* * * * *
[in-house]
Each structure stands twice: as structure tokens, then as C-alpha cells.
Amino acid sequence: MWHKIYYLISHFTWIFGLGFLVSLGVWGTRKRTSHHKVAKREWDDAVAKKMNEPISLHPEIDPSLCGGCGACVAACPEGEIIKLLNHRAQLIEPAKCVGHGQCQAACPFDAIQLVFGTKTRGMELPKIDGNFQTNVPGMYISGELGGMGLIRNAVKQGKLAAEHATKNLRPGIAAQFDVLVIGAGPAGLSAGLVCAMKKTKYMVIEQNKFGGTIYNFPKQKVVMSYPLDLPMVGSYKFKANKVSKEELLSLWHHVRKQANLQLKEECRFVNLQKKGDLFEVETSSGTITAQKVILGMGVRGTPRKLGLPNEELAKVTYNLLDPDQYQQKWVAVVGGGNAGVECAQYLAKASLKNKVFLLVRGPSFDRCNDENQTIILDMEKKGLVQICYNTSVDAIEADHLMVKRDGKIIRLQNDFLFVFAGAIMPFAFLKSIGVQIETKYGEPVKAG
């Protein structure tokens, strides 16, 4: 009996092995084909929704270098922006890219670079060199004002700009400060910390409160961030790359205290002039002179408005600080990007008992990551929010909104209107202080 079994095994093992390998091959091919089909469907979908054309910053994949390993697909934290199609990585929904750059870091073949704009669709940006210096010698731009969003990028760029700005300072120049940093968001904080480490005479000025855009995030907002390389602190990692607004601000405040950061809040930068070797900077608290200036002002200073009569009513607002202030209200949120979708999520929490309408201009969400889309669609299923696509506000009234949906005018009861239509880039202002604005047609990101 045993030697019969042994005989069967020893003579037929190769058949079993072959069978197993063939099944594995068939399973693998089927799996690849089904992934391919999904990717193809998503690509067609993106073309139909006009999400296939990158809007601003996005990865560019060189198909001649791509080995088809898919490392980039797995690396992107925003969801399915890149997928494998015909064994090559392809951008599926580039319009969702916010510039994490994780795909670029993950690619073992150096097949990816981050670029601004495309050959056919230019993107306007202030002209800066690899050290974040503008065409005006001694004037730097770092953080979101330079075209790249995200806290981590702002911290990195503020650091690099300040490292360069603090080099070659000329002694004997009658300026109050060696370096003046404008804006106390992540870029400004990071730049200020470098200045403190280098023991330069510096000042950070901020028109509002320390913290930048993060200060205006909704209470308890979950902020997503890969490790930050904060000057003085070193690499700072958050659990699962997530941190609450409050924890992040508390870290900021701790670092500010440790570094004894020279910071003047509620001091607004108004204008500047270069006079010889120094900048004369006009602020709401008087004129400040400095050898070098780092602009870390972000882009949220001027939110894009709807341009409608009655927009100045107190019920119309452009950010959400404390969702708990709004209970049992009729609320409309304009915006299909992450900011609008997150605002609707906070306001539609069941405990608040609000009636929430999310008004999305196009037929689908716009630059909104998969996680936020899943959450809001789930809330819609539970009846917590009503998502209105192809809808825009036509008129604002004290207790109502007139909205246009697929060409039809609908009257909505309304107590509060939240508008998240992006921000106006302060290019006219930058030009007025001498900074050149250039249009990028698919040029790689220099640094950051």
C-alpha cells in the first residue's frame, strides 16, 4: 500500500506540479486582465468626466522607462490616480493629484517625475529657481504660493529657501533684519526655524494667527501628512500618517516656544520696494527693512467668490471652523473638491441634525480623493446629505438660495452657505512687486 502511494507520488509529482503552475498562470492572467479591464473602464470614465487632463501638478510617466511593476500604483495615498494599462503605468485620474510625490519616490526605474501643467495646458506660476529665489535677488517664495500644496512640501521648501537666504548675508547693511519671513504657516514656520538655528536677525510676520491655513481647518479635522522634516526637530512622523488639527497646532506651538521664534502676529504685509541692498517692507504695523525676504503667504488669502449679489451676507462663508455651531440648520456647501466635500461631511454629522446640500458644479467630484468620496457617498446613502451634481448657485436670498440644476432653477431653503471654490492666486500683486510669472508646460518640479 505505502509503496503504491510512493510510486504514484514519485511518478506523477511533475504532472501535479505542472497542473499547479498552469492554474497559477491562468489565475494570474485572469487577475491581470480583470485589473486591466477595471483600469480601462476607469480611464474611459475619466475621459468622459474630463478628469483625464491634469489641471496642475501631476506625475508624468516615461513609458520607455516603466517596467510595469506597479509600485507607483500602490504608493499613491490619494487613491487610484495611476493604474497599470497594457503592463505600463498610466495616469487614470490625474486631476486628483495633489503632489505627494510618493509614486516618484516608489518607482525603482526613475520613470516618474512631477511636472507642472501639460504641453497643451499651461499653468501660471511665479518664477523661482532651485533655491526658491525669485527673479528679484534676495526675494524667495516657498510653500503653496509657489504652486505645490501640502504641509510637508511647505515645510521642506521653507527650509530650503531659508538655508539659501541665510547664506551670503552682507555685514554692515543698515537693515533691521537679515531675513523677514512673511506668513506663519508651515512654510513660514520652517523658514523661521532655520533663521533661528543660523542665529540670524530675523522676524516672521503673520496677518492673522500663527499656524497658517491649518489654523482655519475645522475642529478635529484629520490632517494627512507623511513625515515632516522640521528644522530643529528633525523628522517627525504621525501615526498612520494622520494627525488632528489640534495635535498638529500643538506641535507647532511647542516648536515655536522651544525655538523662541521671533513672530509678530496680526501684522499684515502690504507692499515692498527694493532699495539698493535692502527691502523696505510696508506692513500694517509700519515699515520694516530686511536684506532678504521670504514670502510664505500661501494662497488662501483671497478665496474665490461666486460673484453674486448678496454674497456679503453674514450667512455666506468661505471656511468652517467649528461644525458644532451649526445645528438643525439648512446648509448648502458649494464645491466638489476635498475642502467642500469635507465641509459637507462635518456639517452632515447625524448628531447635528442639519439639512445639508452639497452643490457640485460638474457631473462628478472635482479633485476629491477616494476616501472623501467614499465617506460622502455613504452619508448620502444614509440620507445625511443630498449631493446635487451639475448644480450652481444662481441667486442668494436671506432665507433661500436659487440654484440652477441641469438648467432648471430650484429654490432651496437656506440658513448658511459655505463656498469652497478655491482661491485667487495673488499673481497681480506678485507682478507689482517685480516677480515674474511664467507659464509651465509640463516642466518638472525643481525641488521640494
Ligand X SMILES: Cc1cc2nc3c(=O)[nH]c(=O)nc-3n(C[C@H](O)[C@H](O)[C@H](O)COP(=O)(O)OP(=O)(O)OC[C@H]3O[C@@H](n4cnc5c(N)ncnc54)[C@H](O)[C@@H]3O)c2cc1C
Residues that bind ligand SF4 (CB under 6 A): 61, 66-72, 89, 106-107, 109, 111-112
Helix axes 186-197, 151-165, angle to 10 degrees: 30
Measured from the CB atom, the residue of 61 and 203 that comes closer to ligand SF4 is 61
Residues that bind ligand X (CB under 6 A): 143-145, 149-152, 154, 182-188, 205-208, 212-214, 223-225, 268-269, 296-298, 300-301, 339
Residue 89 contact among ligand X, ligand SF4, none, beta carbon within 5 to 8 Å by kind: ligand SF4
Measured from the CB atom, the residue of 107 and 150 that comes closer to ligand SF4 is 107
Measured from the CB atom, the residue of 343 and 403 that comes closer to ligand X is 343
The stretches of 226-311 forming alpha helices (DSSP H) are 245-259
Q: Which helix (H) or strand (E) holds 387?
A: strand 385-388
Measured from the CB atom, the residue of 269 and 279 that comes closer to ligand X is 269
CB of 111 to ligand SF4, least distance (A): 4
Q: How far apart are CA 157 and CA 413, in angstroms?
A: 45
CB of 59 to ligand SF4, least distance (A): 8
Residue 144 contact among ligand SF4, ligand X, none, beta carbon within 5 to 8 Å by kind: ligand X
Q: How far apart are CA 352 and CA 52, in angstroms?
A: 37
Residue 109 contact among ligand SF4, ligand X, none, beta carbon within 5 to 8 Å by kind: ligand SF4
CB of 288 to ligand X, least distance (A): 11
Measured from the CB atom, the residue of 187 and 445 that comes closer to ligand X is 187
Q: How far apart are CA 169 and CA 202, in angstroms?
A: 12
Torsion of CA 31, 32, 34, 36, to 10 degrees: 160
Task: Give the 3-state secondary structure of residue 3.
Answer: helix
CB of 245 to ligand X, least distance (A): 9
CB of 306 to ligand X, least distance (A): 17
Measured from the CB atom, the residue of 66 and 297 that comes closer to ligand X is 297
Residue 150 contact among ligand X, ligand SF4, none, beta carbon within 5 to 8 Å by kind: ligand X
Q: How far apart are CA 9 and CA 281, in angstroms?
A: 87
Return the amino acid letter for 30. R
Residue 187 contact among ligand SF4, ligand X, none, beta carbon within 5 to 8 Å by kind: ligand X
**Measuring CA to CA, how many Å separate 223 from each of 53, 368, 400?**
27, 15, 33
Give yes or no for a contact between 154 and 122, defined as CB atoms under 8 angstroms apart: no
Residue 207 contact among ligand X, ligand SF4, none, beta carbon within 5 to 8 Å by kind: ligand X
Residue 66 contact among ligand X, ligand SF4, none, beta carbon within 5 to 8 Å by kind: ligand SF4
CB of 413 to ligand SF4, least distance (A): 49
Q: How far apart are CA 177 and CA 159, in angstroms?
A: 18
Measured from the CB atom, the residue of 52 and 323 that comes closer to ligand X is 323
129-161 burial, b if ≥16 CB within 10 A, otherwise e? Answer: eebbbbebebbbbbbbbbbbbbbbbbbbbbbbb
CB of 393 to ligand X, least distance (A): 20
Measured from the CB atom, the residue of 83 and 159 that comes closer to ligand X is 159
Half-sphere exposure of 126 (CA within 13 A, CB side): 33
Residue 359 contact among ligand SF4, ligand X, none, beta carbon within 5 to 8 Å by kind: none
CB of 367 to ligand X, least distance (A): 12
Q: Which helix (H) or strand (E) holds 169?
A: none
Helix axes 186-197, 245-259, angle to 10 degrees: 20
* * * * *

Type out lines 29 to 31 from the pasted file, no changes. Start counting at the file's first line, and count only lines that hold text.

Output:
A: 12
Torsion of CA 31, 32, 34, 36, to 10 degrees: 160
Task: Give the 3-state secondary structure of residue 3.